McKenzie tells watchdog he resigned “to get their attention”

A number of people have been asking where the watchdog Consumer Council has been during the whole debacle over the period of upheaval at Board level in NI Water… Sam McBride has an interesting series of emails in which their chief executive expresses her own personal support for Laurence McKenzie…

Some of it throws a rather different light on McKenzie’s motivation for resigning:

…on the morning of January 22, 2010, two days after Mr MacKenzie withdrew his resignation as NI Water chief executive, Ms McKeown wrote to him: “…good luck with a hard task in the knowledge that you’ve handled things correctly so far and no reason that shouldn’t continue”.

Mr MacKenzie responded: “Thanks for this, it means a lot at the minute! My biggest difficulty isn’t sorting out the issues but the fact that my board is against me completely.

“They really do not understand that as AO (accounting officer) I had no option but to tell the department. I see we are in for a meeting on Tuesday at your place. I’m looking forward to that.”

On the evening of February 17, Ms McKeown then wrote to Mr MacKenzie: “Hi Laurence, hope you are keeping well despite current issues.

“Relieved to read this week that your resignation offer was declined – not sure why you offered it as NIW badly needs your kind of leadership.

“Pl (sic) give me a call when review complete so that we can prepare for any media interest. Take care. A.”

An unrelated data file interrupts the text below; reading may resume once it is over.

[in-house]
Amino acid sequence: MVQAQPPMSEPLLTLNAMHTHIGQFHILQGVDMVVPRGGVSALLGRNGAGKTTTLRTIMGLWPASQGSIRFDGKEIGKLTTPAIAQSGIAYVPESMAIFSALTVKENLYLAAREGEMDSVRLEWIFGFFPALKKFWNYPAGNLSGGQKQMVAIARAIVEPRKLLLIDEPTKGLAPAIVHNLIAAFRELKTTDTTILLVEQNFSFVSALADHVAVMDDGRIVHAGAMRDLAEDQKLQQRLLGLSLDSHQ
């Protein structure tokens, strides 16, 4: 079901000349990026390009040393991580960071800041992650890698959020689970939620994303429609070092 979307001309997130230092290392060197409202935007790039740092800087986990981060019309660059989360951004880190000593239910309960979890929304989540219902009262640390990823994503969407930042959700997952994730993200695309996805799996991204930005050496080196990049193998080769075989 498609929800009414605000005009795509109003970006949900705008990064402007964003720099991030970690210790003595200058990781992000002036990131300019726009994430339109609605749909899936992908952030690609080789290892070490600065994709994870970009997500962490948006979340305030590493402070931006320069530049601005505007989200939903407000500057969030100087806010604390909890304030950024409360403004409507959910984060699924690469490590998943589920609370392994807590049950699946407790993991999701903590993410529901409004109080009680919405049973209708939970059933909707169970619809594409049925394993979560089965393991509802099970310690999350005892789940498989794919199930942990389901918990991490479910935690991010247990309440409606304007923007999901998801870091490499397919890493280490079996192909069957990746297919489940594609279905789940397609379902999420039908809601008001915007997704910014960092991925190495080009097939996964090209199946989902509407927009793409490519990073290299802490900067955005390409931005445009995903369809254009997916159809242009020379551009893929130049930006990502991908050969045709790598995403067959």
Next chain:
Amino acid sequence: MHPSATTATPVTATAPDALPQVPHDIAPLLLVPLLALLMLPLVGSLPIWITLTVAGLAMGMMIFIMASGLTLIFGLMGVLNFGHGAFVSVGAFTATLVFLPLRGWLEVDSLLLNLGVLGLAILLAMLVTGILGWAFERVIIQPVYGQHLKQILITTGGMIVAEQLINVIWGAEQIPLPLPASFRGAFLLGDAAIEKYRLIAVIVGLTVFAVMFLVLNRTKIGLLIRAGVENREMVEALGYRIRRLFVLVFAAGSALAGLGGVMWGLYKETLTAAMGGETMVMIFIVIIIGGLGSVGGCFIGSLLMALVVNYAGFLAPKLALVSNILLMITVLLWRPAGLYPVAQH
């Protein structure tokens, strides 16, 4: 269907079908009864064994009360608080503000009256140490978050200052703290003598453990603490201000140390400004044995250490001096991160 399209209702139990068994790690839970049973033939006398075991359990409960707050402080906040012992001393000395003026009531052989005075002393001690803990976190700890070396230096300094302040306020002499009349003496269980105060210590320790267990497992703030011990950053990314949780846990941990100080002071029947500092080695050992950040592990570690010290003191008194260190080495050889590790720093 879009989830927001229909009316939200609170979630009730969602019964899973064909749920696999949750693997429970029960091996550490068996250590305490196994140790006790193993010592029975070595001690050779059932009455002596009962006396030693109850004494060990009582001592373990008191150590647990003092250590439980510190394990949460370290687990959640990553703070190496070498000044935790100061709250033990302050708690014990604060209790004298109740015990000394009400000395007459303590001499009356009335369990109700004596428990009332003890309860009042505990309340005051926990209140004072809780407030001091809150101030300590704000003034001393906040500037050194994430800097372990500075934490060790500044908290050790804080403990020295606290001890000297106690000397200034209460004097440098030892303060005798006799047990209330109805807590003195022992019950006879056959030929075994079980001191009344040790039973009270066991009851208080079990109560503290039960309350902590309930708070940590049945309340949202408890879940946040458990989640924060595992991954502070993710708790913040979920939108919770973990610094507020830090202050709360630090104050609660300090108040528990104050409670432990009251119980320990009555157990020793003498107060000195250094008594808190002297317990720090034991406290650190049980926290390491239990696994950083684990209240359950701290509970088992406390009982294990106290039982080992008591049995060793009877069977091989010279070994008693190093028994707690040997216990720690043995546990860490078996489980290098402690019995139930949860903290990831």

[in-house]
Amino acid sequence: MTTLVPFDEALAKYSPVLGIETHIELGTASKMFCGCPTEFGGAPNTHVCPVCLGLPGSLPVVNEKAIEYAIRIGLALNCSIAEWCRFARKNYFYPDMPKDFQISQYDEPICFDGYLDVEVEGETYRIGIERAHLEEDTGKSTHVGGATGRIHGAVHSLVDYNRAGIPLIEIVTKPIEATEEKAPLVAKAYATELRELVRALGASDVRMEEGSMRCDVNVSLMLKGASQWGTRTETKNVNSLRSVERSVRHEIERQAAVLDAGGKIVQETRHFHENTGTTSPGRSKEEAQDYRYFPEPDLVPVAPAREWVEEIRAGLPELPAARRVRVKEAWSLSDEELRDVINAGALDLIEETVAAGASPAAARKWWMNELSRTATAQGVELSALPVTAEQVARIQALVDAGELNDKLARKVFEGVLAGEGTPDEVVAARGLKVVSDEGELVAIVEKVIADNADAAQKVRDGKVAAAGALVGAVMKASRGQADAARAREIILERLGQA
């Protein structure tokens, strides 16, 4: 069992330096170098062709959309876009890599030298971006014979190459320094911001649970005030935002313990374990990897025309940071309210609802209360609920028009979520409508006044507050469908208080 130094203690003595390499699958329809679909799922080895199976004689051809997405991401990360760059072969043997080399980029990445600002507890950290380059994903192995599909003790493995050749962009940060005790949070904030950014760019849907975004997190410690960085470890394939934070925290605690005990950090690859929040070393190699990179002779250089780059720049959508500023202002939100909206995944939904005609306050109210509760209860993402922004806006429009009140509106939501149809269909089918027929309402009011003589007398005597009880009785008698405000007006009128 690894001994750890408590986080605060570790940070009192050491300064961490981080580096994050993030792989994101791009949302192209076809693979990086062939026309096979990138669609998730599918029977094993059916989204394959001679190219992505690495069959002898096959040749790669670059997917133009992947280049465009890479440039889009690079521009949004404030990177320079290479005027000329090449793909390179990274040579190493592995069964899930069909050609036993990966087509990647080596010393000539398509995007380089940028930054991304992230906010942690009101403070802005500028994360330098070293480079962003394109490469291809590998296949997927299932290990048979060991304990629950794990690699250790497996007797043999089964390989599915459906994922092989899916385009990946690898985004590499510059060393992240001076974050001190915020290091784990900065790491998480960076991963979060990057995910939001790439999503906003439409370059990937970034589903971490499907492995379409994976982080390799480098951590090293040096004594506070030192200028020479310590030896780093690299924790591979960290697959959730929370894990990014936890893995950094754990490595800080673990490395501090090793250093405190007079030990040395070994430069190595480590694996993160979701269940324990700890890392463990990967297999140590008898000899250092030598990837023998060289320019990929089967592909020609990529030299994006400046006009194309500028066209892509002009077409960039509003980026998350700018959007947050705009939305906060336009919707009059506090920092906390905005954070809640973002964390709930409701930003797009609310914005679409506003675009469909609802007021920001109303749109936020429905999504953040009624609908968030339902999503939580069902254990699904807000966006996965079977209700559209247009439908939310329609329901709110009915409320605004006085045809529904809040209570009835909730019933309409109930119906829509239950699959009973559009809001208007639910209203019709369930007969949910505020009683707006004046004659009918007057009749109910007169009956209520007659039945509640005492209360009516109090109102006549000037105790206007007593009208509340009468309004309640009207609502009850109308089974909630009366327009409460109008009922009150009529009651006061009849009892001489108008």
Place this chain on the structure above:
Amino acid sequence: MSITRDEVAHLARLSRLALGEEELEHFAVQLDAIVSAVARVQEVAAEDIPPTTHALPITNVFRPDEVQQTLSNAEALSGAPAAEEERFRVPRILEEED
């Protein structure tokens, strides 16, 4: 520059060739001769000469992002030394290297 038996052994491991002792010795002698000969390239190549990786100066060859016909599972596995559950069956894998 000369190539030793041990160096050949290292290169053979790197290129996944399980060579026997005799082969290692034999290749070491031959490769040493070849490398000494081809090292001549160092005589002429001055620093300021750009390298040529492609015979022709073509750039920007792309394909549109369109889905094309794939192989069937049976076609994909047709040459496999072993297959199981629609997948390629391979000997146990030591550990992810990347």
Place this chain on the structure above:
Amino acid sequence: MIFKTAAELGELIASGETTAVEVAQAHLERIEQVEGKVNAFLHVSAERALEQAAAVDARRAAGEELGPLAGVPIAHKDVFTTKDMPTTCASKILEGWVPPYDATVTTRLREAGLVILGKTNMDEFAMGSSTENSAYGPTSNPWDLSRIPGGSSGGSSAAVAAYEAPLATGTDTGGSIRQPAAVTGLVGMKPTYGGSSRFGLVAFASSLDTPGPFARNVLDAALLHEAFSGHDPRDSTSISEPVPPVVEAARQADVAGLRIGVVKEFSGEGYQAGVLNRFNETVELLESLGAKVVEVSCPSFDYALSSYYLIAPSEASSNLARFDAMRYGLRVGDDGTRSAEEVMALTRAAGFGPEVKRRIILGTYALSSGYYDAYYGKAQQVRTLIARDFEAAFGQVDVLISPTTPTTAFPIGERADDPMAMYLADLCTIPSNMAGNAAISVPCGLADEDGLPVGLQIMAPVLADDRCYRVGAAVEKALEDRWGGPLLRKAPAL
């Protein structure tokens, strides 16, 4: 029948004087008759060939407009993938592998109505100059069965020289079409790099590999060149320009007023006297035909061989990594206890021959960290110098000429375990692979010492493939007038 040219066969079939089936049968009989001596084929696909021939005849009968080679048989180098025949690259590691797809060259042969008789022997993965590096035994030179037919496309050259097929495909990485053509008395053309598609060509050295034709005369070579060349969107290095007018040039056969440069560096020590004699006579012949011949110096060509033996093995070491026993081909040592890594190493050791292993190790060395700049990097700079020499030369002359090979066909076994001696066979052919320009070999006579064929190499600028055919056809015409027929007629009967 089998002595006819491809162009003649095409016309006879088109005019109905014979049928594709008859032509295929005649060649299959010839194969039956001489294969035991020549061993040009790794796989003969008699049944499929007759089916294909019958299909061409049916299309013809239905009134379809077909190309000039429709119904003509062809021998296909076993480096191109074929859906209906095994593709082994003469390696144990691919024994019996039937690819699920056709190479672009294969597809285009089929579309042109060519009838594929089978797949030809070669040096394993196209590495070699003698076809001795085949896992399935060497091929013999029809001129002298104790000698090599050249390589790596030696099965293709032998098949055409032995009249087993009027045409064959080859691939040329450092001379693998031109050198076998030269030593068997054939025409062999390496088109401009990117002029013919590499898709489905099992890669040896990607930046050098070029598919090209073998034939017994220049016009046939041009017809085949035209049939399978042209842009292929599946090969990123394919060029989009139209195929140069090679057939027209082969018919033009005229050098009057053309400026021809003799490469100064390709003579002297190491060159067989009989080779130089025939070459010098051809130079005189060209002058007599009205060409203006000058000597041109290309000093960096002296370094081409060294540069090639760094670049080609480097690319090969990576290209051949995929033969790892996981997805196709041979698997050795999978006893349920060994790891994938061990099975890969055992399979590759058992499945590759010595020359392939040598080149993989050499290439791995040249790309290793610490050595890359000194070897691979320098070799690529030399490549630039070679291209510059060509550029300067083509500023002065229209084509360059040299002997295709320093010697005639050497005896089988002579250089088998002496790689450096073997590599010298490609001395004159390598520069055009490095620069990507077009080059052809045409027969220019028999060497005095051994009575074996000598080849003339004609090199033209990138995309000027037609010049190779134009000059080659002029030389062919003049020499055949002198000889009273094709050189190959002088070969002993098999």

In response to that e-mail, the NI Water boss said of his resignation, which was retracted within days: “A – the issue was not being taken seriously – had to get their attention. I will call you once the [Independent Review Team’s] review is complete.”

Quite apart from the cosiness of this chat between between the CEO of NI Water and the and the consumer watchdog, McKenzie, at least in this instance is putting light on the matter consistent with his communication with the Utility Regulator, in which he suggested there was ‘no deep concern’ over the issue of procurement…

His difficulty, it seems, was less the issue of procurement that’s been blasted from the roof tops and more a matter of getting the Board to agree with him…

Mick is founding editor of Slugger. He has written papers on the impacts of the Internet on politics and the wider media and is a regular guest and speaking events across Ireland, the UK and Europe. Twitter: @MickFealty

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